After 5 months in the Philippines, I’ve finally gotten into a pattern; a regular everyday routine that gives me a sense of normalcy. I can speak a little of the local dialect, I can successfully navigate the city using the limited modes of transportation, and I recently started living on my own, without a host family. Obviously, it hasn’t always been this way. So, I figured I would share a couple stories that reflect my adjustment to living in the Philippines.
I’ll start with learning the language. Naturally, you want to learn the local language when you move to a new country and plan on staying for a while. So, that’s what I did! My site coordinator found Flanny (the other YAV staying in the same city as me) and me a language instructor. We were so excited to start learning the language and we attempted to use the few words we knew whenever we went out in public. I’m sure our accent made it sound weird and we messed up a few times, but we tried really hard to speak a few simple words everyday.
After a month or so, I realized that whenever we used a specific word, “Salamat” – which means “Thank You” – some of the friends we made would giggle and mimic us. I tried to ask what was wrong, but never really got a straight answer. I eventually asked my language instructor what we were saying wrong. It was at that point that I realized intonation and inflection make a world of difference. In the local dialect, even a slight emphasis change in a certain word can change the entire meaning of the word. Luckily, in the case of “Salamat,” the meaning never changed, however, I realized we were saying it in a lack luster type of way. I mean, imagine that you say “Thank you” to someone, but you’re completely monotone, with no emotion behind it. That is the equivalent to how we were saying “Thank you.” We’ve learned our lesson now, but I never realized how important inflection is until that point.
Now, on to transportation. It takes a little getting used to here in the Philippines. Different cities have different types of transportation. Here in Dumaguete, most people ride motorbikes, although I see compact cars frequently too. As for public transportation, you use pedicabs for shorter distances and the bus system for longer distances. Pedicabs are like motorbikes with a sidecar, plus they have a fixed price, either 8 or 10 pesos, depending on your destination.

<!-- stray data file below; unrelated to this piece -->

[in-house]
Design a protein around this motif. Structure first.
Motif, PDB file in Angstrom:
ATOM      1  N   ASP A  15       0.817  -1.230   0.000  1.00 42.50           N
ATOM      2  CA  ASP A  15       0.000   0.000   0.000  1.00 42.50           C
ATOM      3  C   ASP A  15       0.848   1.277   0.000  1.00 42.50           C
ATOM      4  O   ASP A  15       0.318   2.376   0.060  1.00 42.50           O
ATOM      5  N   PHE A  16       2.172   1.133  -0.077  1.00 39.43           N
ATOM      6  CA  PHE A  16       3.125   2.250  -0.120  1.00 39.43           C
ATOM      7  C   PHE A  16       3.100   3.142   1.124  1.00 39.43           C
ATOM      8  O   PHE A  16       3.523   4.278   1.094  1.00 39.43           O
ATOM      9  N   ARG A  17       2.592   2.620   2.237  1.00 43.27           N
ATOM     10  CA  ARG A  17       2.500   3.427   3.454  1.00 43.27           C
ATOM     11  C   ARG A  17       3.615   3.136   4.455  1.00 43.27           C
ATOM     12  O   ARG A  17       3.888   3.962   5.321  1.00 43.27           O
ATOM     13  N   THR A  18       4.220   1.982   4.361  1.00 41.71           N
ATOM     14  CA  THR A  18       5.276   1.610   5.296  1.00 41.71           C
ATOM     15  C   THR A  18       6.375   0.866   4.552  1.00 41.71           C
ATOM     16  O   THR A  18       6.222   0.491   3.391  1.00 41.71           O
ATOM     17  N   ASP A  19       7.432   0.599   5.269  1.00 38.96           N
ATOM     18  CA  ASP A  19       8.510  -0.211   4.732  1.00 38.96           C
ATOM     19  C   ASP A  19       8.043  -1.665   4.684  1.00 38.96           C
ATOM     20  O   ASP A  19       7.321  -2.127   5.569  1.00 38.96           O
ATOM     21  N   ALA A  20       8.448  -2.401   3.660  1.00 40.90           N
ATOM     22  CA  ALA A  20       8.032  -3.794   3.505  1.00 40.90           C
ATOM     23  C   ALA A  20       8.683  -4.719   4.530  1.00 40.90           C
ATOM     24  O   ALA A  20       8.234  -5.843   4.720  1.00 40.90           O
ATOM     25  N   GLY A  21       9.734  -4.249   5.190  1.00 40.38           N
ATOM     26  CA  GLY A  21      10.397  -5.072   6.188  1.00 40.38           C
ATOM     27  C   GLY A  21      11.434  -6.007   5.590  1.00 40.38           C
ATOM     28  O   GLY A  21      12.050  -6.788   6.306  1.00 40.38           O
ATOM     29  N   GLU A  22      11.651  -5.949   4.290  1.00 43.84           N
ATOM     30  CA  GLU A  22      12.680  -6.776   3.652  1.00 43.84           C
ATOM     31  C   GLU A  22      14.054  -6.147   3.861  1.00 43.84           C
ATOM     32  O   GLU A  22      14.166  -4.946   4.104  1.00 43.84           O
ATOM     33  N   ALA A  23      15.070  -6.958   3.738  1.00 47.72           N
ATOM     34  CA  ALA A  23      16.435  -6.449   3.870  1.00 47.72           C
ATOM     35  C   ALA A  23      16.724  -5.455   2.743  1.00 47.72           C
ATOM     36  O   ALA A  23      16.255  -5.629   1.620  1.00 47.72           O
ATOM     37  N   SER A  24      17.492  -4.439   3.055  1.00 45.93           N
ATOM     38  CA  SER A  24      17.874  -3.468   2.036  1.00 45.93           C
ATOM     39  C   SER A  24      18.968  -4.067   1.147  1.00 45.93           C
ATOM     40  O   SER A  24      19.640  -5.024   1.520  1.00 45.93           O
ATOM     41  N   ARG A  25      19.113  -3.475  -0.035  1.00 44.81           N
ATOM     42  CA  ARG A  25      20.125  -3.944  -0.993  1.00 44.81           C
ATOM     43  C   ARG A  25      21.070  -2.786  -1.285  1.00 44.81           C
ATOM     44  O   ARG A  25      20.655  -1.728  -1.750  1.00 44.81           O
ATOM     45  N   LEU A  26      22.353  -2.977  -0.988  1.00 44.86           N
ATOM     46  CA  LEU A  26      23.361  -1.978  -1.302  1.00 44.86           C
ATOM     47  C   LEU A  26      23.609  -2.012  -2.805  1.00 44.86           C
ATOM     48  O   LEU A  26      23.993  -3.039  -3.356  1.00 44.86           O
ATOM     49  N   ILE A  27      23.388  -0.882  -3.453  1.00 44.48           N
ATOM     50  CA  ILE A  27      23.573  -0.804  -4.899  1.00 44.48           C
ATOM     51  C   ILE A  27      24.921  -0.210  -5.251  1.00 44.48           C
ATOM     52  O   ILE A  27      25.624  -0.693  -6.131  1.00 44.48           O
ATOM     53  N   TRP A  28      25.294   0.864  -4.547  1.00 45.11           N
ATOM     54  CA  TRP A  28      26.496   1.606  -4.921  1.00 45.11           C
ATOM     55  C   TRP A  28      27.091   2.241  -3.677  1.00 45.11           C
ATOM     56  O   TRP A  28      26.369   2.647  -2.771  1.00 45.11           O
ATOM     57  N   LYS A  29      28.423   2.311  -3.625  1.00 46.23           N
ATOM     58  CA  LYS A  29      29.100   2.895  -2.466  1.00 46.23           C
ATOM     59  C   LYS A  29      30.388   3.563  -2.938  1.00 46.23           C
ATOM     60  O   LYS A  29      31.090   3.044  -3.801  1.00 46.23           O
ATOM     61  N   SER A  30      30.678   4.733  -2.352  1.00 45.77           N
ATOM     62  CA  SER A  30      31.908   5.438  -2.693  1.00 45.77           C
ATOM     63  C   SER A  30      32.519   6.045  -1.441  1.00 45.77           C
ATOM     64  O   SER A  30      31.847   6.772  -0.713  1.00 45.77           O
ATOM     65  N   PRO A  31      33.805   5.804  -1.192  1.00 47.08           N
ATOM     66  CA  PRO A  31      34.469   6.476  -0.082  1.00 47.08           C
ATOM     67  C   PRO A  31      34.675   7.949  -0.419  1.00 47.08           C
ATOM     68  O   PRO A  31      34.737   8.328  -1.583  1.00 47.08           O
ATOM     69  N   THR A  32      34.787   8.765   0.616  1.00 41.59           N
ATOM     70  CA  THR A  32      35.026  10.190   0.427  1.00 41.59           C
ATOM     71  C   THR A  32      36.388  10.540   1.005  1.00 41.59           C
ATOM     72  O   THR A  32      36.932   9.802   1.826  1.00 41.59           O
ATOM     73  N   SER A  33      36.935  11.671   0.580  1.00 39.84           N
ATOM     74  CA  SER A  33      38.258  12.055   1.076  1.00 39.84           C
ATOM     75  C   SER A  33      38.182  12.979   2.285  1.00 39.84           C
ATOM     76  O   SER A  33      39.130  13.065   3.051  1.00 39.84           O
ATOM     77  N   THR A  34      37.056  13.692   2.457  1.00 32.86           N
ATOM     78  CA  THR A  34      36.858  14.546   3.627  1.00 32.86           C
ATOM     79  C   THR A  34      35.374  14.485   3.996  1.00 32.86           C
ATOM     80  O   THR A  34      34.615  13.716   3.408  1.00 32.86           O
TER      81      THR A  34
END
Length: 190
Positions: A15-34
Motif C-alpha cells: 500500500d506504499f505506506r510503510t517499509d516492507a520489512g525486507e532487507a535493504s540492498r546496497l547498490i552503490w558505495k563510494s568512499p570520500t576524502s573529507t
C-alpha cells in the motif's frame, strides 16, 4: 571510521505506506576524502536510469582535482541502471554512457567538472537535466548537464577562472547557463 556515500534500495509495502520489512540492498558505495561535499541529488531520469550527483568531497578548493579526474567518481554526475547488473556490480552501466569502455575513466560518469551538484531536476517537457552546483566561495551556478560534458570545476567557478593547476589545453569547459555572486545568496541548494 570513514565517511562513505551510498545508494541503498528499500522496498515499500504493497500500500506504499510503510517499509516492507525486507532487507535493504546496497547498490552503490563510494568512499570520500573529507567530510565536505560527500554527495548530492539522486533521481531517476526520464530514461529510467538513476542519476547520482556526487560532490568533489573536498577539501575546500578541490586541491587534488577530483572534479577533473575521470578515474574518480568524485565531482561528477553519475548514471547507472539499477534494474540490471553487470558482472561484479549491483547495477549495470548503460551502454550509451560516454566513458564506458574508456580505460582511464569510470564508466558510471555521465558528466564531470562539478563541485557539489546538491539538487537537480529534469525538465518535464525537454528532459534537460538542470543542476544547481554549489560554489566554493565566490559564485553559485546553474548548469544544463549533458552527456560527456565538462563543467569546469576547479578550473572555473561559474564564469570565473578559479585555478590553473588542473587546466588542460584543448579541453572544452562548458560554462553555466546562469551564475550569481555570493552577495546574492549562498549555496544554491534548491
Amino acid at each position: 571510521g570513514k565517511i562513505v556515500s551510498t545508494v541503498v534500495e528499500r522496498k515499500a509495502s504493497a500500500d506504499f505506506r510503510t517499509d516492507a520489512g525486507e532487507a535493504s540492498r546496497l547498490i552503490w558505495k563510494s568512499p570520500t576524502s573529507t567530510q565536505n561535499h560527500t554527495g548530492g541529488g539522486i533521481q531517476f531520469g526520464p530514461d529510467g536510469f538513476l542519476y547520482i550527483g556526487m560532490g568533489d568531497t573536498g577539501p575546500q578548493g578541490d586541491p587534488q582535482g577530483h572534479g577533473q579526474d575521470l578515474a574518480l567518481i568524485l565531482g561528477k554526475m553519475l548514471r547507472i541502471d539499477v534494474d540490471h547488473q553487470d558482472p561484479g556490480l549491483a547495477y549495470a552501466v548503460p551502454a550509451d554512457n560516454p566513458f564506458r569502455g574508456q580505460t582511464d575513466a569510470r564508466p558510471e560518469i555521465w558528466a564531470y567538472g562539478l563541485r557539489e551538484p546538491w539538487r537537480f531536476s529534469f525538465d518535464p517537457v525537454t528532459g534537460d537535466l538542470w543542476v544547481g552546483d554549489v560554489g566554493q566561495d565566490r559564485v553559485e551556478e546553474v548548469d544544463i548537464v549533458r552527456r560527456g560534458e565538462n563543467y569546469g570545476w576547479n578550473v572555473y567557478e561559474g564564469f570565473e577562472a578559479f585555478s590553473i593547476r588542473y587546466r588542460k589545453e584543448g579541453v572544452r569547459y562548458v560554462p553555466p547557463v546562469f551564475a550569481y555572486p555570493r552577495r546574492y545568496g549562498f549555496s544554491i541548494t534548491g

Well, being foreigners, some, not all, pedicab drivers think we’re easy targets to make a few extra pesos. I made a habit out of asking friends how much it costs to get to a certain place, just so I know how much to give the driver. I’ve had to sit in the pedicab and wait for my change a few times because the driver thought I didn’t know how much it really costs. Being on a tight budget, I can’t afford to pay extra for a short ride in the pedicab. After a while, I got used to giving exact change, since I know where I’m going now and how much it costs to get there. Sometimes, I think back to when I first got here and realize that I’ve overpaid quite a few times, just because I wasn’t used to getting around and how much everything costs.
So far, being here has been a great experience. These stories I have are just the growing pains of adjusting to a new country, culture, and people. I’m not an expert by any means, but I think I’ve gotten used to my everyday life, here in the Philippines.